Social media marketing suffers from “random acts of content,” which makes it hard to win a reliable audience with a consistent appeal.
Jay Baer of Convince and Convert recommends following the lead of television networks that air shows with a “defined audience and narrative arc” in mind. No randomness about their approach.
“For each social platform, think about what social media content initiatives you can execute on a regular basis, keeping in mind your audience and objectives for that platform,” Baer advises. “Then create and distribute these ‘shows’ consistently. This gives your audiences something to recognize, engage with and (hopefully) look forward to on a regular basis.”
“Repeatability” is the key to attracting and keeping an audience on social media, Baer says. In a blog posted on Medium, he gave as an example a major homebuilder that launched an Instagram presence centered on images of interiors in its homes. Baer said the photos average 5,000 likes apiece and fetch comments, including from professional interior designers, that offer suggestions for new design touches and Instagram topics.
“It’s a highly targeted, nearly free focus group,” Baer says.
A one-size-fits-all social media strategy doesn’t cut it as each major platform has sharpened its differentiation, attracting a different mix of viewers and offering them a different vibe. That means, Baer explains, a separate content strategy for Facebook, LinkedIn and Instagram.
“Posting the same social media content, in multiple channels, at the same time and hoping to achieve spectacular results hasn’t worked in years,” Baer insists. “From a marketing perspective, there is no such thing as ‘social media.’ It’s nearly pointless to think of social media as one thing, because the audiences, use cases, technology, algorithms, optimal cadences and other characteristics of each social platform continue to diverge.”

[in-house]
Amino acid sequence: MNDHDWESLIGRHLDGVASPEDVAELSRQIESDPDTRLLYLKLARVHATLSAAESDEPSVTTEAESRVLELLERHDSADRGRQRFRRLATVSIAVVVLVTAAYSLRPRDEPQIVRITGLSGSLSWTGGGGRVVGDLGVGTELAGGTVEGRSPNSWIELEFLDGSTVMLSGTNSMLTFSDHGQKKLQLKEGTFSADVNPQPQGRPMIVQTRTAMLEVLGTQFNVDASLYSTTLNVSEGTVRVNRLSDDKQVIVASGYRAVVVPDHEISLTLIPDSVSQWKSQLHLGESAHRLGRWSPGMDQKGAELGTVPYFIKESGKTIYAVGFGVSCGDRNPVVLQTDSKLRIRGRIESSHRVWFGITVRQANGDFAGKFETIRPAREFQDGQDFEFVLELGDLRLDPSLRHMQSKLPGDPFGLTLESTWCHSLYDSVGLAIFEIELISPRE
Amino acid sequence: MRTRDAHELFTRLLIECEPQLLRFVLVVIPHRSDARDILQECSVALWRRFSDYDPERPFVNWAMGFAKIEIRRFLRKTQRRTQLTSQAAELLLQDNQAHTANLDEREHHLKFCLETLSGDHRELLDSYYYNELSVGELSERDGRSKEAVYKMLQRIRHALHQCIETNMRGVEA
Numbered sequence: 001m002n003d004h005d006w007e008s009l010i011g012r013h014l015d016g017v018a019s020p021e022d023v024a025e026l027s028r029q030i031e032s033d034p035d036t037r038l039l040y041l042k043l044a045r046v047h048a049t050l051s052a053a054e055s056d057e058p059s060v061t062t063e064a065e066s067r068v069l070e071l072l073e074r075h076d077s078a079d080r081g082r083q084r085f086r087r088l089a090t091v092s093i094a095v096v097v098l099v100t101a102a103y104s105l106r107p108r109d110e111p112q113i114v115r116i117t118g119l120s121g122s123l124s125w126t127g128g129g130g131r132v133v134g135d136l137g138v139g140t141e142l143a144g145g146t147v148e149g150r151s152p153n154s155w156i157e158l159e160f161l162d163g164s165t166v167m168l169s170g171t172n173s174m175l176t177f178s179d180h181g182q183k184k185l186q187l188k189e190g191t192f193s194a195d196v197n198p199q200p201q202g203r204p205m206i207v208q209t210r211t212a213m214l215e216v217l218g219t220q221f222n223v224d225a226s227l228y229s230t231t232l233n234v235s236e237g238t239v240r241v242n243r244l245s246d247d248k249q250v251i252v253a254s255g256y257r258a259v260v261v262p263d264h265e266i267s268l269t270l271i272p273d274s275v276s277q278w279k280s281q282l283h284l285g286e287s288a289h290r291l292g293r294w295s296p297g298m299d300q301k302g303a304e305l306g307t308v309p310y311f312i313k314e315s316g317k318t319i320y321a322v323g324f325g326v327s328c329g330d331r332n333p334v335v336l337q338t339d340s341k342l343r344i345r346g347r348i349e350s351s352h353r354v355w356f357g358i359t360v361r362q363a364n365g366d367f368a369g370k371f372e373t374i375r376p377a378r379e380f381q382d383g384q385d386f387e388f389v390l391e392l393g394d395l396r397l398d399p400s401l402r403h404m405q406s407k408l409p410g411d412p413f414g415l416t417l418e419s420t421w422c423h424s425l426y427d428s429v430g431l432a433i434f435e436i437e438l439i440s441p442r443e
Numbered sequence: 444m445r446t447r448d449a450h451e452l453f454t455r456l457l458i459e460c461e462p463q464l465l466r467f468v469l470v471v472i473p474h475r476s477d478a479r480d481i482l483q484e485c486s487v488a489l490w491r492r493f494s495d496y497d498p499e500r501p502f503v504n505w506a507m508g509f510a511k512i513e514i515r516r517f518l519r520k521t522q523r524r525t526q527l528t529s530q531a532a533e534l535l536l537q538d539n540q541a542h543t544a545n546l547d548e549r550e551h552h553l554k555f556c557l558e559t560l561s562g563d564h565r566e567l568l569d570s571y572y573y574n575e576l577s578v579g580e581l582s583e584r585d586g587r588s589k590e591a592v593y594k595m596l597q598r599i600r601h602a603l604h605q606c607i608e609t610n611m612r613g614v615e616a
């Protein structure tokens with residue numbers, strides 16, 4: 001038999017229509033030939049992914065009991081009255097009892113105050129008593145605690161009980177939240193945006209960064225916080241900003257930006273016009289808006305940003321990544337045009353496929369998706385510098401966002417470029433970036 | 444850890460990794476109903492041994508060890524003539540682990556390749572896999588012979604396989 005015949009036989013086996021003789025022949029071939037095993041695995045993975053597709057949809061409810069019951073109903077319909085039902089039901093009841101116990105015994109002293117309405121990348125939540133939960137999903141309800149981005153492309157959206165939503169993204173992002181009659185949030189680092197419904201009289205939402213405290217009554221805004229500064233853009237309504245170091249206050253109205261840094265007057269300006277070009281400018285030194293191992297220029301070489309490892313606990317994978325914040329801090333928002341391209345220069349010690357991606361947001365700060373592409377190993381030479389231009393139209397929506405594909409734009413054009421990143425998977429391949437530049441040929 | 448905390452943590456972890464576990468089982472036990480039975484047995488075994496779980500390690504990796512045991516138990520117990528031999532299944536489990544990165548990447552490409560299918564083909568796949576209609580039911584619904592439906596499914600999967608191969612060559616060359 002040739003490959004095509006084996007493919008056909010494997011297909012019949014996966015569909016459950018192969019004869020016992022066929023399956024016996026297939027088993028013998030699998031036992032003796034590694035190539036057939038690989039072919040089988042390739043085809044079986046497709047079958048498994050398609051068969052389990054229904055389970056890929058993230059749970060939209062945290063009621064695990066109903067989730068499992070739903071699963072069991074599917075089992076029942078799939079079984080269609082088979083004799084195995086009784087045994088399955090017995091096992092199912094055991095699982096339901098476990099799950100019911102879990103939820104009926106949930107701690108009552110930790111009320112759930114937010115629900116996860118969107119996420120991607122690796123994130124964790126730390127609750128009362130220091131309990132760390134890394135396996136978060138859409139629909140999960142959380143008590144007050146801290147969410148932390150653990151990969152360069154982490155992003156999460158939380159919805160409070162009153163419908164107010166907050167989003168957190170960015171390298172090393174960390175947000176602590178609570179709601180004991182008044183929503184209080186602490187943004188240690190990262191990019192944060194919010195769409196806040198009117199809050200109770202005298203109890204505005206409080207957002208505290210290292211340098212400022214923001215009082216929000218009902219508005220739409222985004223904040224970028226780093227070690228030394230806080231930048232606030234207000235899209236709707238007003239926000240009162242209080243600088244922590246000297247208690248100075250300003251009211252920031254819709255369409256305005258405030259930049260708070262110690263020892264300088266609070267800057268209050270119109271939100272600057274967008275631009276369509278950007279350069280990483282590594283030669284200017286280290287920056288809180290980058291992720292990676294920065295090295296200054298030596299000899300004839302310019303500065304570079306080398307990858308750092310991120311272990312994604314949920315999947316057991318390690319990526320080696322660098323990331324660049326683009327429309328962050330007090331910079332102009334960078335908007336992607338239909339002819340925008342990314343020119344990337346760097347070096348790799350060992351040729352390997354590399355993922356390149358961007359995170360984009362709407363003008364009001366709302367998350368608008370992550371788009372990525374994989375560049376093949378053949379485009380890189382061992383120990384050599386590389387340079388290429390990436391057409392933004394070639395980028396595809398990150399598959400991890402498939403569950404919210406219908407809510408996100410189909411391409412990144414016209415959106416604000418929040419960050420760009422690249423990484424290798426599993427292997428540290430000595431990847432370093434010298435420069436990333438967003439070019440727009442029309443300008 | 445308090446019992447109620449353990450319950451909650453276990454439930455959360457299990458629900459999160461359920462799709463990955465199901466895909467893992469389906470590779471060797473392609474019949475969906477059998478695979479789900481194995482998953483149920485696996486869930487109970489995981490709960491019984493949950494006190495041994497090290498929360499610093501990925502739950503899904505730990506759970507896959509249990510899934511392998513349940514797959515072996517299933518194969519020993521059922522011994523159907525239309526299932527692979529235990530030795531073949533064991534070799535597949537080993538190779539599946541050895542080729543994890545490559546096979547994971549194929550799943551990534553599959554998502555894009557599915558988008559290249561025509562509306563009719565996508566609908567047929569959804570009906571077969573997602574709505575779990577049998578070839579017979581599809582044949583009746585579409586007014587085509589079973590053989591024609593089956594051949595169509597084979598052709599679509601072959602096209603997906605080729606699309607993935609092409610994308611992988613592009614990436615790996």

Once you have locked in a strategy and understand what viewers expect from individual channels, the task is to identify useful and informative kinds of content that can approximate “regularly scheduled programming,” to use Baer’s words.
You still can offer a mix of content, Baer says, but the bread-and-butter of the strategy need to be “shows” that viewers can count on, look forward to and tune in almost automatically.
While specialized and repeatable content designed to fit the contours of each social media platform you employ may sound daunting, it doesn’t have to be. Yes, it requires thought and discipline, but not a full Hollywood production team.
Baer’s example provides a solid hint. His homebuilder client established his brand on attractive interiors. Ergo, why not share his best interiors in images on platforms that reward photography such as Instagram and Pinterest, the latter of which has a compatible demographic. The effort involves regularly scooping up good imagery and presenting it in a consistent fashion that is viewer-friendly and invites engagement.
Hard, but perhaps fun, too. One more chore on a to-do list, but a chore that earns feedback and kudos.
As usual, Baer drills down to practical ideas to achieve marketing success. The concept of repeatability is at once obvious and brilliant. Even better, it already has a track record of success. Just watch your favorite TV shows to see the proof.